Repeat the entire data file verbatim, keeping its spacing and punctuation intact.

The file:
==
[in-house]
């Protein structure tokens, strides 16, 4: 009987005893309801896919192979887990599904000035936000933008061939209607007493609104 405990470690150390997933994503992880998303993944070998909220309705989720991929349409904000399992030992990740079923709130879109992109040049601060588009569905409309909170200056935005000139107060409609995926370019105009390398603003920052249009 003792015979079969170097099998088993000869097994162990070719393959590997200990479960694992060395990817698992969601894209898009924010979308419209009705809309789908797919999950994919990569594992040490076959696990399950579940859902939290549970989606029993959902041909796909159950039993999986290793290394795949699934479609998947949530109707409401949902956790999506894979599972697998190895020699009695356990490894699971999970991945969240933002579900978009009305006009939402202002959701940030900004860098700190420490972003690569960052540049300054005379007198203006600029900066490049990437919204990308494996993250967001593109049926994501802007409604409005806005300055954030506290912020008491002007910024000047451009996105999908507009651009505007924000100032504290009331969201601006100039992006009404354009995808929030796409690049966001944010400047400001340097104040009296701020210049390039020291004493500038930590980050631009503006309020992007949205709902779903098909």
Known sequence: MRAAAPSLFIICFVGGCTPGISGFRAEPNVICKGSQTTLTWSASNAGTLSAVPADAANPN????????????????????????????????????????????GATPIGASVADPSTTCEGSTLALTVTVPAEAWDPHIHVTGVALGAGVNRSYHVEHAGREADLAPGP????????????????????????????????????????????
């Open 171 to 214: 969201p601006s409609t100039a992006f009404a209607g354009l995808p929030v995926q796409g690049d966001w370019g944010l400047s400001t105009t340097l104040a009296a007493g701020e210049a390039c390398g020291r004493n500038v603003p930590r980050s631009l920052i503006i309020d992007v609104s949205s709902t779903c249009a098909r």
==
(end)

[in-house]
């Protein structure tokens, strides 16, 4: 009987005893309801896919192979887990599904000035936000933008061939209607007493609104 405990470690150390997933994503992880998303993944070998909220309705989720991929349409904000399992030992990740079923709130879109992109040049601060588009569905409309909170200056935005000139107060409609995926370019105009390398603003920052249009 003792015979079969170097099998088993000869097994162990070719393959590997200990479960694992060395990817698992969601894209898009924010979308419209009705809309789908797919999950994919990569594992040490076959696990399950579940859902939290549970989606029993959902041909796909159950039993999986290793290394795949699934479609998947949530109707409401949902956790999506894979599972697998190895020699009695356990490894699971999970991945969240933002579900978009009305006009939402202002959701940030900004860098700190420490972003690569960052540049300054005379007198203006600029900066490049990437919204990308494996993250967001593109049926994501802007409604409005806005300055954030506290912020008491002007910024000047451009996105999908507009651009505007924000100032504290009331969201601006100039992006009404354009995808929030796409690049966001944010400047400001340097104040009296701020210049390039020291004493500038930590980050631009503006309020992007949205709902779903098909």
Known sequence: MRAAAPSLFIICFVGGCTPGISGFRAEPNVICKGSQTTLTWSASNAGTLSAVPADAANPN????????????????????????????????????????????GATPIGASVADPSTTCEGSTLALTVTVPAEAWDPHIHVTGVALGAGVNRSYHVEHAGREADLAPGP????????????????????????????????????????????
């Open 171 to 214: 969201p601006s409609t100039a992006f009404a209607g354009l995808p929030v995926q796409g690049d966001w370019g944010l400047s400001t105009t340097l104040a009296a007493g701020e210049a390039c390398g020291r004493n500038v603003p930590r980050s631009l920052i503006i309020d992007v609104s949205s709902t779903c249009a098909r």